# Homework Help: Lagrange Multipliers/System of Equations?

1. Jul 4, 2011

### scoobiedoober

1. The problem statement, all variables and given/known data
I seem to be struggling a bit to understand how my prof solved this problem....I think it might be my diminishing system of equation skills, so forgive me if this doesn't belong in the calc section.

Use Lagrange multipliers to find all extrema of the function subject to the given constraint:

$$f(x,y)=y-x^2$$

subject to:

$$g(x,y)=x^2+y^2=1$$

2. Relevant equations

The local extrema should exist where the gradient of the function is equal to the gradient of the constraint, multiplied by a value (the Lagrange multiplier):

$$\nabla f = \lambda\nabla g$$

3. The attempt at a solution

Solving for gradient f and g was no prob:

$$\nabla f = <-2x,1>$$
$$\nabla g = <2x,2y>$$

And this helps me setup a system of equations:

$$1) -2x = 2\lambda x$$
$$2) 1 = 2\lambda y$$
$$3) x^2+y^2 = 1$$

Now at this point my professor "intuited" that with equation 1, to satisfy the equation, either x=0 or lambda = -1. I agree with it but I don't remember having to "intuit" things in a system of equations, I always remember it being a procedural solution. He takes these two conditions and runs with it and ends up finding the answers...

Now I'm sitting here trying to do it old-school procedurally, so I think equation 2 looks good:

$$2) y=\frac{1}{2\lambda}$$

plug into 3

$$3) x^2 + (\frac{1}{2\lambda})^2 = 1$$

solve for x:

$$x = +/-\sqrt{1-\frac{1}{4(\lambda)^2}}$$

putting the positive version in equation 1:

$$1) -2(x) = 2 \lambda x$$
$$1) -2 = 2 \lambda$$
$$1) \lambda = -1$$

I get the same answer with the positive version of x

$$1) \lambda = -1$$

I go back to equation 2 to solve for Y:

$$2) 1 = -2 y$$
$$2) -\frac{1}{2}=y$$

Plugging lambda into my x = sqrt equation for x:

$$x = +/- \sqrt{\frac{3}{4}}$$

So now I feel all warm and fuzzy, because I have my extrema locations:

$$(-\sqrt{\frac{3}{4}}, -\frac{1}{2}); (\sqrt{\frac{3}{4}}, -\frac{1}{2})$$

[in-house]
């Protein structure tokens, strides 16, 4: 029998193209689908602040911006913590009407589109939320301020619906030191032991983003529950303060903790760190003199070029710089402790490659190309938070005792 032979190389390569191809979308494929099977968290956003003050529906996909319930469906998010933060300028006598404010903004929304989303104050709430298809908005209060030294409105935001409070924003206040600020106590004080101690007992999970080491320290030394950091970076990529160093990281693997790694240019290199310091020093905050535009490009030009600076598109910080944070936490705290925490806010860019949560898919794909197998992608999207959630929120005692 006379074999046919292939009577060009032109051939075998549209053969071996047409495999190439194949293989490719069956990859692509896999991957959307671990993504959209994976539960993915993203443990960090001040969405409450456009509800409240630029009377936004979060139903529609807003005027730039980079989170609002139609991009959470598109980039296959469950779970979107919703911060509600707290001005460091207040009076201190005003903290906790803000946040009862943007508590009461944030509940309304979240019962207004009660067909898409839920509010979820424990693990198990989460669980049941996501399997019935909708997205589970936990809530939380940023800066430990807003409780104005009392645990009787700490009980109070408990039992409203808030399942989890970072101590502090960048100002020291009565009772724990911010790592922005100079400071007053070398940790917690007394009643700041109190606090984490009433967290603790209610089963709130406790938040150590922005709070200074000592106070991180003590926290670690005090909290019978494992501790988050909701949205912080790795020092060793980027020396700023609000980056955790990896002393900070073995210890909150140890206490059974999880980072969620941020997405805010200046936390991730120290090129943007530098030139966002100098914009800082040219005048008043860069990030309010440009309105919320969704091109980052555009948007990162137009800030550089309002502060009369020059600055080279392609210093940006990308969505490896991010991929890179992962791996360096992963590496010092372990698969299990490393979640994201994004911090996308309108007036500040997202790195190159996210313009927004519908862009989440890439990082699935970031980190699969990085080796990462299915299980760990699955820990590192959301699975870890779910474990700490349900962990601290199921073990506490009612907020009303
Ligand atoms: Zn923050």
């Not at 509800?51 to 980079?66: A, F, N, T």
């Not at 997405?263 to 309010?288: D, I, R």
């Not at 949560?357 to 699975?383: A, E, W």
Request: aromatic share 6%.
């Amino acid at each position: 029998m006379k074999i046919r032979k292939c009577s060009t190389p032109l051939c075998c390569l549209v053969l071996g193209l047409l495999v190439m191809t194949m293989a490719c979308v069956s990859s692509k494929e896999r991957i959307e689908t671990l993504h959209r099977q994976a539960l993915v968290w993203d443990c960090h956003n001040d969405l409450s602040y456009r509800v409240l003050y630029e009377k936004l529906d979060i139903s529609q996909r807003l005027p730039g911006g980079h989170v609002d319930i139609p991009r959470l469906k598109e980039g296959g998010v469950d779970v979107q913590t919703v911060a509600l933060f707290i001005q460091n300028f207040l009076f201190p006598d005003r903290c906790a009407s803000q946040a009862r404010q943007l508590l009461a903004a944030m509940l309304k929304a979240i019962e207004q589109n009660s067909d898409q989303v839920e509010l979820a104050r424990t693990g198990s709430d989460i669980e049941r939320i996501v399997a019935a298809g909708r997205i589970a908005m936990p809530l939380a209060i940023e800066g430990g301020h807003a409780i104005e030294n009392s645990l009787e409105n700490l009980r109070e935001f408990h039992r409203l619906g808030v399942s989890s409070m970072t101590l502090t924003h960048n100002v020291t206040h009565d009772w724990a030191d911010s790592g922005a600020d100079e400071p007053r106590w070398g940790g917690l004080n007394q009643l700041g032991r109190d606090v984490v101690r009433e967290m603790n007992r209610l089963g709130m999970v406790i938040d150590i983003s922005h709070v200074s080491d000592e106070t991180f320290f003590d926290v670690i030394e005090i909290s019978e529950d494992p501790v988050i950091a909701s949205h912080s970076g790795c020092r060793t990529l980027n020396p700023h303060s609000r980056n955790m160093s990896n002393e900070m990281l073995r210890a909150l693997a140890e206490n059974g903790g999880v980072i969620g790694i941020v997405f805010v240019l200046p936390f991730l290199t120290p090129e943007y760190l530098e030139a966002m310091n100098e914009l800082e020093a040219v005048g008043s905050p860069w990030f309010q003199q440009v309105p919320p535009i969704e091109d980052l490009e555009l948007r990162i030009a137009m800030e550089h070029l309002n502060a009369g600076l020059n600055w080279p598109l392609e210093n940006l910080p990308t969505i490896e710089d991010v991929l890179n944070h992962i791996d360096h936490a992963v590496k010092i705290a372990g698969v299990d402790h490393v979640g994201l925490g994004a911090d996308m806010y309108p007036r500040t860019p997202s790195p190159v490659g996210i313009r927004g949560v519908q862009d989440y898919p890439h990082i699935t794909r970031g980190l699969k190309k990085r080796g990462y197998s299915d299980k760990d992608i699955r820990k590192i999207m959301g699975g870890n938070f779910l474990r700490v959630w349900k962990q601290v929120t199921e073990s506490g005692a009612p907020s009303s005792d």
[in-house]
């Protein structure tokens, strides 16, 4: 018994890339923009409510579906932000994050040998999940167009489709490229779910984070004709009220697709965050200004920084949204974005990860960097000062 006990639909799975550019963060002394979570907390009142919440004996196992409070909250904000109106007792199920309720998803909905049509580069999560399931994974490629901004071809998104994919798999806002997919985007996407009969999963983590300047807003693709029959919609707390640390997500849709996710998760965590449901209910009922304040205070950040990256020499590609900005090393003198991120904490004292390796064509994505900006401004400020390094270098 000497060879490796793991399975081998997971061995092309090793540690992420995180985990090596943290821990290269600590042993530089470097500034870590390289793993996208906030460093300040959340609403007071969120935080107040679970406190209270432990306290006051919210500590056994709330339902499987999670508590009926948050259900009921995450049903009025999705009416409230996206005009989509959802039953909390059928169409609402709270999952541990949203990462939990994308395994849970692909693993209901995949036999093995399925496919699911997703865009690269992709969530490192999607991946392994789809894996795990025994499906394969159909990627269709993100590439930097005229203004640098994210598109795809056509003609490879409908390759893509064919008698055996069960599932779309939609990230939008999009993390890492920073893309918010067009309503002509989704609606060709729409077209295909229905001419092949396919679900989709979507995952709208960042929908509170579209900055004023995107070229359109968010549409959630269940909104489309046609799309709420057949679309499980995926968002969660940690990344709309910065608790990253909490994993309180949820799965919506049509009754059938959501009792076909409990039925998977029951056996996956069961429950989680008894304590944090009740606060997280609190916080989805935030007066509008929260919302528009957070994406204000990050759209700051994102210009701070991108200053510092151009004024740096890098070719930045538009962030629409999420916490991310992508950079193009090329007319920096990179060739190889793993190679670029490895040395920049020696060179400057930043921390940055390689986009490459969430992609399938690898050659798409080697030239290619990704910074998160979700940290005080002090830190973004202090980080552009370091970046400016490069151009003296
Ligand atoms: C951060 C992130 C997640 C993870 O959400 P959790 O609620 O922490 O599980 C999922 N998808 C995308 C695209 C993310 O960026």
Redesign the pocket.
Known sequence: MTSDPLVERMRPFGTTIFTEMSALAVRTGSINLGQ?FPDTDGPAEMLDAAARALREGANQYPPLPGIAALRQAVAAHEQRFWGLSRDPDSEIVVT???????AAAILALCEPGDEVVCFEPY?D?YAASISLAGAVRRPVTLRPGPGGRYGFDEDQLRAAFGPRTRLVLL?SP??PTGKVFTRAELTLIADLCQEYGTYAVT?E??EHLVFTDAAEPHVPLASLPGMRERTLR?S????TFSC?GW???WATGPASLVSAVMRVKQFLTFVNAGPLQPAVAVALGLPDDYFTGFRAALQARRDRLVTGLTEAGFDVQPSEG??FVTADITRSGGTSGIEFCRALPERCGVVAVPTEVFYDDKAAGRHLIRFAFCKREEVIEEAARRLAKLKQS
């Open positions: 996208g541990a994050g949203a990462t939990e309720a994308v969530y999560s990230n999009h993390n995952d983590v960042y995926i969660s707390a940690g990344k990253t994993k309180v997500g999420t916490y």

But looking back at my notes...the x=0 intuition that my professor deduced ended up being another extrema, which ended up leading to the ACTUAL maximum.

Did I screw something up? Is that "intuition" thing actually what I need to do to solve these things? Are there certain conditions that always require this kind of thinking? Is there an even better way to truly find all the solutions?

2. Jul 4, 2011

### micromass

Hi scoobiedoober!

Things look good, but there are a few subtleties:

This only holds if $\lambda\neq 0$ (indeed, if it is 0, then you divide by 0!!!). So you must solve the case $\lambda=0$ separately.

So you end up with two systems, one where lambda is 0 and one where it is not.

In the first step you divided both sides by x. This is only allowed if x is nonzero (otherwise you divide by 0!!)! So you'll have to treat the case x=0 separately.

3. Jul 5, 2011

### scoobiedoober

Alrighty, thanks! I guess my system-of-equation solving skills were always limited to linear systems. I'll just have to keep my eyes peeled for these "what if" scenarios in the future. Or maybe if I just restart the whole process multiple times with me starting by solving a different variable in every equation I will be safe.

for example: if I started solving equation (1) for x, I would see that x = 0, then I could run with that and get all the solutions I can. Then solve equation (1) for lambda, getting lambda = 1...and so on until I've expired every "starting" situation...It probably wouldn't be THAT much more work than doing these "what if" scenarios, because I imagine I would ultimately run into a bunch of repeated solutions in which I could stop at that point.

4. Jul 5, 2011

### micromass

It's not that hard really. Just solve the system first like you want to solve it. Then check your solution again to see if you didn't do anything illegal (like dividing by zero) and take these illegal values as special values for which you solve the system again...

5. Jul 5, 2011

### HallsofIvy

One generally good method of solving systems of equations that result from the Lagrange multiplier method is to first eliminate $\lambda$ by dividing one equation by another.

Here, your equations are $−2x=2\lambda x$ and $1=2\lambda y$. If you divide the second by the first, $-2x/1= -2x= (2\lambda x)/(2\lambda y)[/tex] or [itex]-2x= x/y[/tex] which gives either x= 0 or y= -1/2. Since you also have the condition that [itex]x^2+ y^2= 1$, we have x= 0 and $y= \pm 1$ or y= -1/2 and $x= \pm\sqrt{3}/2$.

6. Jul 6, 2011

### Ray Vickson

Let me use the symbol u instead of $\lambda$. Either x = 0 or $x \neq 0$. If x = 0, what does eq.(3) say about y? What does eq.(2) say about u? If x is not zero, what does eq.(1) say about u? Then, what does eq.(2) say about y? Then, what does eq.(3) give you?

RGV